Comcast got what it deserved

Comcast, the giant cable company, is one of the most reviled companies in America. It is notorious for its terrible and odious customer service. In addition to this infamous reputation, it sought to become ever-bigger and more powerful. Not satisfied with its dominance and near-monopolistic position, it sought to buy Time Warner Cable and become ever more dominant and unmistakably a true monopoly in cable and broadband.

To accomplish this goal, it hired legions of lobbyists and public relations flacks. Early on, it looked like it had the clout to win. President Obama made more than one visit to Comcast Vice President David Cohen's home to attend fundraisers. Even more stunning and blatant, the chairman and CEO of the company (and co-founder's son), Brian Roberts, golfed with Obama on Martha's Vineyard, Mass. Talk about being well-connected!


But it was all for naught. Last Friday, Comcast saw that its ambitious gig was doomed and threw in its cards. The company announced that it was terminating the effort. The general consensus was that Comcast had overplayed its hand. But even more apparent and well-known is that the company is renowned for being a corporate bully. I know this from personal experience.

For nearly 10 years, I was the political analyst and commentator for WTOP radio in Washington. This station is the most-listened-to station in the capital area. The all-news station is a place for members of Congress and officials of government agencies to tune in and get their daily dose of information.

I did a series of commentaries blasting Comcast for its devious billing practices. The essence of my criticism was that customers in the D.C. area (including parts of Maryland and Virginia) were receiving bills that made it look like they had to pay their charges two or three days after they received the bill. In fact, they had 45 days, but you had to turn the bill upside down and find the small print to discover that fact. Obviously, Comcast was not pleased with my views.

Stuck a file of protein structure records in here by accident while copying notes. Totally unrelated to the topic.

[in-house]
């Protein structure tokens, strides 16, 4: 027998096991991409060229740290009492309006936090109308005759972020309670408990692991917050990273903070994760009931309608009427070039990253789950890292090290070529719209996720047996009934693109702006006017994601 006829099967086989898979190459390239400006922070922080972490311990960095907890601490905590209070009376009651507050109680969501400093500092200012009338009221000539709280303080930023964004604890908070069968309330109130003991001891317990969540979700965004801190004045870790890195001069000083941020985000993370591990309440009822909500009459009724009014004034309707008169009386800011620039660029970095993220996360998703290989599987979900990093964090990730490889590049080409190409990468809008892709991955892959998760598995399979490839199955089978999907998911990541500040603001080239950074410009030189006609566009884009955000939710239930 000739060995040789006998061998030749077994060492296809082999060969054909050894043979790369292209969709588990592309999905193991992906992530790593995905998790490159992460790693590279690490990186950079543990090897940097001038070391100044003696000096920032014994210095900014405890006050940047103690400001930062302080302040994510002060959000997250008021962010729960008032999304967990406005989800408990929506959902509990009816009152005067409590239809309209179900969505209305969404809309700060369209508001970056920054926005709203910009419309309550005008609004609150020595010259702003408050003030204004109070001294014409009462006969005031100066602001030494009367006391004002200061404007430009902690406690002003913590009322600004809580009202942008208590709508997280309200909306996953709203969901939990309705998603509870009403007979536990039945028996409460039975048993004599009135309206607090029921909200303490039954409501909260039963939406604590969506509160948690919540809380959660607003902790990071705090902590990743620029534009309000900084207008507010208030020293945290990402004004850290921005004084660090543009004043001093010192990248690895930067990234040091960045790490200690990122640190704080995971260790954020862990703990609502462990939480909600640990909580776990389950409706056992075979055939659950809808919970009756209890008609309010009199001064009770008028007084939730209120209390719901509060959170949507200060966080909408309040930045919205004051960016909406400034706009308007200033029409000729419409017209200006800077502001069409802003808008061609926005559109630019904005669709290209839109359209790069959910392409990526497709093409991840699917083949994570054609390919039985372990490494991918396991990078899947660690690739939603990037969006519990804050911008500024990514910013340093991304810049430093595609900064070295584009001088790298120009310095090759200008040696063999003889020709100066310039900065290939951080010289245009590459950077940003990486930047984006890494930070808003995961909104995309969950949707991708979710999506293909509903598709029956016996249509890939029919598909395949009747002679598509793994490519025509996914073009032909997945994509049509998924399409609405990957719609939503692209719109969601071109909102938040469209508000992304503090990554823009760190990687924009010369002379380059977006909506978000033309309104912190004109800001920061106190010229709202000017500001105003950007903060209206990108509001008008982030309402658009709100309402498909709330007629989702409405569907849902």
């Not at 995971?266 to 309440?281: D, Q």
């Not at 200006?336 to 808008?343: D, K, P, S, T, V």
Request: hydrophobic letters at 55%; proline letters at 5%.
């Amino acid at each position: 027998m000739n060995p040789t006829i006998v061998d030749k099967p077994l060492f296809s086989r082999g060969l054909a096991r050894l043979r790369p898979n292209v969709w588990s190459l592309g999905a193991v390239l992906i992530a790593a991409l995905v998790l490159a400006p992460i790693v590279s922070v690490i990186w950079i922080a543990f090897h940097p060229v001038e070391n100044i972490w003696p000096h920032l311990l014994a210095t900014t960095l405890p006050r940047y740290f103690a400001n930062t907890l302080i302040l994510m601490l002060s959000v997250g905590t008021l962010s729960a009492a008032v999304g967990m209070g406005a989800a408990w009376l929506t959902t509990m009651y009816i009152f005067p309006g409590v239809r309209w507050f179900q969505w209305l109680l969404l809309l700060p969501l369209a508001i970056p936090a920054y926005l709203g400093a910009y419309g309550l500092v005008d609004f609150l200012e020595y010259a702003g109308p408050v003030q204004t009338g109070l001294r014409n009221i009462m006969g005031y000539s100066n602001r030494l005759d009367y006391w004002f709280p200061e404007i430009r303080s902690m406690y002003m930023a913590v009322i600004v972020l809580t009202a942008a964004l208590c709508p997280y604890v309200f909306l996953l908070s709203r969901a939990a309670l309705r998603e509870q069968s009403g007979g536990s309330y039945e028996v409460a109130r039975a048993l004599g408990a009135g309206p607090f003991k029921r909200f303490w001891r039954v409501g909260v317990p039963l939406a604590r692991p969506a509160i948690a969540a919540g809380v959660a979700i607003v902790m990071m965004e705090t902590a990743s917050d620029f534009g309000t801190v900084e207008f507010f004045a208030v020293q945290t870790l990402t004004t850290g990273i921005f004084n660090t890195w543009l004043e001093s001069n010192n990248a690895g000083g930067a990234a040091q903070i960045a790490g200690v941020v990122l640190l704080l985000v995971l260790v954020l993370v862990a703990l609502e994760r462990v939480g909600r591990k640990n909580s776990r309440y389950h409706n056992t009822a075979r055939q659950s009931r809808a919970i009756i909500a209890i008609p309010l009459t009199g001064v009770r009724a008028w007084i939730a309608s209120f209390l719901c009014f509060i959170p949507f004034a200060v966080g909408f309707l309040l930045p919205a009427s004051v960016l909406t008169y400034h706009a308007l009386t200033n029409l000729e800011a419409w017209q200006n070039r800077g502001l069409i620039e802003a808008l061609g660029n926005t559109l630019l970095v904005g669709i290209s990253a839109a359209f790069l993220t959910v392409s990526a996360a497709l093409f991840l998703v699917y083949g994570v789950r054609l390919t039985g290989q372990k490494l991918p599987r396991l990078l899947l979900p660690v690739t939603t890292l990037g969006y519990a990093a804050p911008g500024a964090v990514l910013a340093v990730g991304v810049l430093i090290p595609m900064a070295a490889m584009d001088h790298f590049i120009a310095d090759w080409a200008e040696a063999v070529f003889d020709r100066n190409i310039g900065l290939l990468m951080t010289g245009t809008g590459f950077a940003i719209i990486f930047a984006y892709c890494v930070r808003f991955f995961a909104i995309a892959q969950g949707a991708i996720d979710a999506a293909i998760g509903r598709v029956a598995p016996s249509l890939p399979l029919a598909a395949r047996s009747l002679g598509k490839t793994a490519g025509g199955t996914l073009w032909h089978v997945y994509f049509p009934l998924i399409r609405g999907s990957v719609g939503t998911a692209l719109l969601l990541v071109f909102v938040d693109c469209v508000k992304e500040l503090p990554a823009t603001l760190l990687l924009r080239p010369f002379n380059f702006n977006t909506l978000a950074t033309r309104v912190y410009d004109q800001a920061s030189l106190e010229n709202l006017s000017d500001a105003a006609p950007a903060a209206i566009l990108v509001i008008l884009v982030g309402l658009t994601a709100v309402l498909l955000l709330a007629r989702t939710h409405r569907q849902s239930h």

To demonstrate their displeasure, Comcast canceled $500,000 worth of advertising on WTOP. A member of management said to me: "I think you should know that Comcast has withdrawn $500,000 in advertising and I would appreciate it if you would stop." I did not. When Comcast is not using the stick, it employs the carrot. Just last week, there were reports of Cohen handing out free laptops to impoverished students in Brooklyn, N.Y. I wonder if this practice will now continue.

Credit should be paid to two agencies of the federal government that showed their independence and integrity. The antitrust division of the Justice Department and the appropriate regulatory agency, the Federal Communications Commission (FCC). They were going to put Comcast through a series of hearings, which signaled to them that the proposed deal was in deep trouble and ultimately would not be approved.

Big kudos should go to the chairman of the FCC, Tom Wheeler. Earlier, he had pushed for a ruling on net neutrality, which set the stage for the Comcast decision. Both the antitrust division of Justice and the independent regulatory agency, the FCC, were simply doing their jobs and fulfilling their charge and mission.

They are to be commended and congratulated and thanked. Wheeler in particular showed that he fully realized his obligation to serve the public interest. He was a former head of the cable TV lobbying organization, but that obviously had no effect on him. The entire episode showed that, in this case, big money and big influence did not carry the day.

Comcast executives probably thought that they were "too big to fail." They were wrong. Consumers and American citizens were protected. That's the way it should be. One final thank-you should go to Sen. Al Franken (D-Minn.). He was the very first senator to say that this was a bad deal. To Franken, this was no laughing matter.

Editor's note: The Hill has decided not to name the member of WTOP management to whom Plotkin referred above. We did contact WTOP and were told that a "pause" in advertising by Comcast did occur, but a member of WTOP management at the time of Plotkin's employment strongly denies that Plotkin was ever asked to stop his criticism of Comcast as a result.

A typographical error in this piece has been corrected.

Plotkin is a political analyst, a contributor to the BBC on American politics and a columnist for The Georgetowner.